NOTICE: this study only related to recurrence, not original Dx!
So it seems to me they went into the study with the usual expectation for the usual suspects. However, shockingly not even the highest quantiles for red meat or even processed red meat or fish or skinless poultry showed any effect on the prostate cancer recurrence rates.(Unfortunately they did not mention dairy, I sure wish they had looked at that) But once again, just one more study right?
Now, here is a problem for me. Let's say I decided that keeping blood insulin at a low level with a low carbohydrate diet was a good idea.(It has certainly worked spectacularly for me in the past for reducing body fat, And presumably blood insulin but who knows). A mainstay of such a diet is eggs and poultry. But eggs and poultry with skin where are the two biggest offenders in this study. So that really makes going on such a diet all the more difficult. I could go with skinless poultry, but they found an association for the highest risk groups with any poultry:
We observed an interaction between prognostic risk, total poultry, and risk of prostate cancer progression. Greater poultry intake was associated with increased risk of progression among men with high prognostic risk, but there was no association among men with low/intermediate prognostic risk (P for interaction = 0.003) (Figure 1). Men with high prognostic risk disease and in the highest quartile of poultry had a 4-fold increased risk of progression compared with men with low/intermediate prognostic risk disease and low poultry intake (HR: 4.01; 95% CI: 1.82, 8.85). There was no evidence of a significant interaction between prognostic risk and consumption of any other meat group or eggs.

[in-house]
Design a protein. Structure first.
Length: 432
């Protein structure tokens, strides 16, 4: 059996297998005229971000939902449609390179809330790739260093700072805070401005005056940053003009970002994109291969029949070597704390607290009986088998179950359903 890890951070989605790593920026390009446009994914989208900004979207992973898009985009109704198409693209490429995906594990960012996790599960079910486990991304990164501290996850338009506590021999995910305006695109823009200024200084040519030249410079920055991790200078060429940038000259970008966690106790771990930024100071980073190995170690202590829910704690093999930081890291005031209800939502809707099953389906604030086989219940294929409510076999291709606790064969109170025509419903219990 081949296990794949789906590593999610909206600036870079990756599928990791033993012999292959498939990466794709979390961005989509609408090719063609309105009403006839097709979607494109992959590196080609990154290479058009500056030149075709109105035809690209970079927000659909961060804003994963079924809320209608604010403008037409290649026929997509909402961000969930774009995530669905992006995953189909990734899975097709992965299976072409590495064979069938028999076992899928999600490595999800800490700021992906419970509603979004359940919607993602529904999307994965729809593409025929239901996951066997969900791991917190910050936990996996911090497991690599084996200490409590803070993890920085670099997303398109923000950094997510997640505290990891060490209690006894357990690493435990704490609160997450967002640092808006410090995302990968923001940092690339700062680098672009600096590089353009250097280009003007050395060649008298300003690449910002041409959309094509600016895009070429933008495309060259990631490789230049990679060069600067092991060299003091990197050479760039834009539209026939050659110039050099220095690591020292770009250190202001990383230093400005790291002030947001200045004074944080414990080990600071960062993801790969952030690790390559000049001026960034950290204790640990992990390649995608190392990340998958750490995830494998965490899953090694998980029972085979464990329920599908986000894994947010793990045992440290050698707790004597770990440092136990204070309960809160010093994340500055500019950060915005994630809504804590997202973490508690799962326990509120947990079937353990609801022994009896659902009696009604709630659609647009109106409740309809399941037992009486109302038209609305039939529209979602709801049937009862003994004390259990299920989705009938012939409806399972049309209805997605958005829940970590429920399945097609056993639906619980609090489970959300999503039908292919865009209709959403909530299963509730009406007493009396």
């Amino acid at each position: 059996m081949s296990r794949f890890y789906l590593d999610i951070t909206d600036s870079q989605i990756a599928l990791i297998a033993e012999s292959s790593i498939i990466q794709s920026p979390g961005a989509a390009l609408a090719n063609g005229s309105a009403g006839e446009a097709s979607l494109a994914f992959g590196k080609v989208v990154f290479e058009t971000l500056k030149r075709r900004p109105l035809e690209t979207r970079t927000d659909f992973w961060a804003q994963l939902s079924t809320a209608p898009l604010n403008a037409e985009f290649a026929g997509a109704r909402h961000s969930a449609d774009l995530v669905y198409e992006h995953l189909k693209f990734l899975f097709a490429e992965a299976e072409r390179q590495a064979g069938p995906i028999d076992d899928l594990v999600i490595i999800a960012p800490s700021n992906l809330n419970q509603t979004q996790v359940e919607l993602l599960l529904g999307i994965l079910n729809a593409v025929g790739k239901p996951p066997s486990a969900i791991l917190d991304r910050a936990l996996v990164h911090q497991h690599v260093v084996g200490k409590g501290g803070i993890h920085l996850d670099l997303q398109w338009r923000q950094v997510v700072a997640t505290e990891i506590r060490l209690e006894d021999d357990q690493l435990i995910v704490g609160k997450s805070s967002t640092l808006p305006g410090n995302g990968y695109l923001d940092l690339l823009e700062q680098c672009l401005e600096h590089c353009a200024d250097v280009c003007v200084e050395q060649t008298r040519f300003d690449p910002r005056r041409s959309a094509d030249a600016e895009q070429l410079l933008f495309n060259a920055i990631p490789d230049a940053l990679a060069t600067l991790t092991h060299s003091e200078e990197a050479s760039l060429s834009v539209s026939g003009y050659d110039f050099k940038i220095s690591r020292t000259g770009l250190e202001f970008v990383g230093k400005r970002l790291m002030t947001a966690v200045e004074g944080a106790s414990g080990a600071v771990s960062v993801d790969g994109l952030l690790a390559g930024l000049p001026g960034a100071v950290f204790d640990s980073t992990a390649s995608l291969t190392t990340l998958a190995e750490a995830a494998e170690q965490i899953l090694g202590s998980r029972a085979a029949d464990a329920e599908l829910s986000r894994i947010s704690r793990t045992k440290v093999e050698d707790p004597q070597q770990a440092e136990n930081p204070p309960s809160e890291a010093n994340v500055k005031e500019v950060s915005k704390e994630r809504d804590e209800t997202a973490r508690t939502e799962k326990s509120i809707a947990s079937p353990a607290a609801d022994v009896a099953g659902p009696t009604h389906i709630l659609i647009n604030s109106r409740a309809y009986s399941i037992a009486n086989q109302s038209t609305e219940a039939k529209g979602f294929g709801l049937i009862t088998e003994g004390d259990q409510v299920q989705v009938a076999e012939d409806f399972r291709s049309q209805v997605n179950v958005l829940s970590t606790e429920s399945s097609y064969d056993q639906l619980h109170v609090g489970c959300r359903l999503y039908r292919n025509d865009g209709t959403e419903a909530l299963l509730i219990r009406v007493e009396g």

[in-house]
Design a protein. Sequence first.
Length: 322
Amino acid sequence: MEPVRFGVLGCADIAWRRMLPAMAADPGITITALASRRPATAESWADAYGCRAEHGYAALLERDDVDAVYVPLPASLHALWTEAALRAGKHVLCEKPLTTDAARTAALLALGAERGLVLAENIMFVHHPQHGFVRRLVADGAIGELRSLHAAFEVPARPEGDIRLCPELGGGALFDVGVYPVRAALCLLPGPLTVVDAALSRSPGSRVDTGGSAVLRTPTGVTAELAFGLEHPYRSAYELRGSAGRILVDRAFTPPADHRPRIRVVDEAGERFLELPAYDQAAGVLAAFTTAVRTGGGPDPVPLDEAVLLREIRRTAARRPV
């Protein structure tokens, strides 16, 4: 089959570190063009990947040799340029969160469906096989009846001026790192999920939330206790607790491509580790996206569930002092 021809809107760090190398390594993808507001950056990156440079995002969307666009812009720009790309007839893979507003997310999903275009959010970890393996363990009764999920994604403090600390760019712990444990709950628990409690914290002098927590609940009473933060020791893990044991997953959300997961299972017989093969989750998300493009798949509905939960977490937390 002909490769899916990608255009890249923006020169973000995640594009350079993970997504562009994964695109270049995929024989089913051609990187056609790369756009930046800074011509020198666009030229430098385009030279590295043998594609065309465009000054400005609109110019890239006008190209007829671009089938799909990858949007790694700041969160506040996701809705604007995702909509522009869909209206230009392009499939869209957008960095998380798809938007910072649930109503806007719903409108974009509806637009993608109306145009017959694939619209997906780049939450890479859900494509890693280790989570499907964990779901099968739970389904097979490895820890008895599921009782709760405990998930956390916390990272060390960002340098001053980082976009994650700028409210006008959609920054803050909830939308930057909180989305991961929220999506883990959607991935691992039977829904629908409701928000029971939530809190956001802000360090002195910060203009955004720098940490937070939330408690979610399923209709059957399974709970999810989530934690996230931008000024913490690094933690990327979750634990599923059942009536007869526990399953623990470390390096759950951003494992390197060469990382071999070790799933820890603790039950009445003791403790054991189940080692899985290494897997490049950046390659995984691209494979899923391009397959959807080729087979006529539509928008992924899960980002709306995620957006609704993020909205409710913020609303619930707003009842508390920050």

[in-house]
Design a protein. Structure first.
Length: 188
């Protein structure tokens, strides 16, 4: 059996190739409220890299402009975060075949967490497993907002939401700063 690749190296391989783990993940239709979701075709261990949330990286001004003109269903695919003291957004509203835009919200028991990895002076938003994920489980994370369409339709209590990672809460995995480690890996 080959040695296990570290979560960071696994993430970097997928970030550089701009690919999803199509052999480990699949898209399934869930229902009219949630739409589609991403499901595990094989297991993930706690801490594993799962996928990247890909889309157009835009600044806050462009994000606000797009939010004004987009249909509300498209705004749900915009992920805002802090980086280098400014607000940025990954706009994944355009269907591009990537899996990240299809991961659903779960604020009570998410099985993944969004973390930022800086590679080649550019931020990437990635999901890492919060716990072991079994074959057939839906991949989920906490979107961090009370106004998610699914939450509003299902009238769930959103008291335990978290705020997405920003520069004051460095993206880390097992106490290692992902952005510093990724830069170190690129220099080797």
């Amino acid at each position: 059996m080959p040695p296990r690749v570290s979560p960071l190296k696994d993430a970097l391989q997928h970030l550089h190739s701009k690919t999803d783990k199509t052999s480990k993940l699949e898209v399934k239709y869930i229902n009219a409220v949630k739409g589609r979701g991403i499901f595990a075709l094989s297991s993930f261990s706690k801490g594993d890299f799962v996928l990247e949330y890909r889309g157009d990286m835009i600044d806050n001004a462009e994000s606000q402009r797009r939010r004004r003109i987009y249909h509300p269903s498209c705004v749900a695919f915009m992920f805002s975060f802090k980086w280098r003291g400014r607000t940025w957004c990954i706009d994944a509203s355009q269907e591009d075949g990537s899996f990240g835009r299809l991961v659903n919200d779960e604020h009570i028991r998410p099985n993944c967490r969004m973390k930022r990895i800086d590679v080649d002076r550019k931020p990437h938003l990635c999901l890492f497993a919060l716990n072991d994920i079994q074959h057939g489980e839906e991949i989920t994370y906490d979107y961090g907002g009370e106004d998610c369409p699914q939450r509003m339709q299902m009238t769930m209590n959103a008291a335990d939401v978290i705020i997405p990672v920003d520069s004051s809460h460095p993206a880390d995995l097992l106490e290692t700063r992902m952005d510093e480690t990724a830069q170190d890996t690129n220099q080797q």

Of course, who knows if such a thing(a diet promoting low blood insulin levels) might actually be good for you or bad for you when it comes to prostate cancer? That is something I keep meaning to research in greater detail. For example, I need to run down that study that supposedly showed that high blood insulin levels increased risk by a factor of eight. Because if that turns out to be actually true, that would make that risk kind of off the charts compared to anything else wouldn't it? And it could be treated with diet! But if it(a low insulin diet) actually is good for you, how would that work out with the premise of the study linked to in the OP?
Remember, when looking at what makes up the"Western diet", there is a lot more to it than just meat, red meat or even processed red meat. It also contains many things that promote high blood insulin and insulin resistance and finally type II diabetes. That is, lots of pasta, potatoes/ French fries, sweet drinks, bread, desserts and junk food in general. Not to mention for so many of us, a rather spectacularly high overall calorie intake. So there are a lot of different angles to be considered when trying to decide how one should approach diet. Not unlike all the different angles that must be considered when deciding what kind of primary treatment is appropriate.
Jane, may everything go perfectly for your husband's upcoming RT!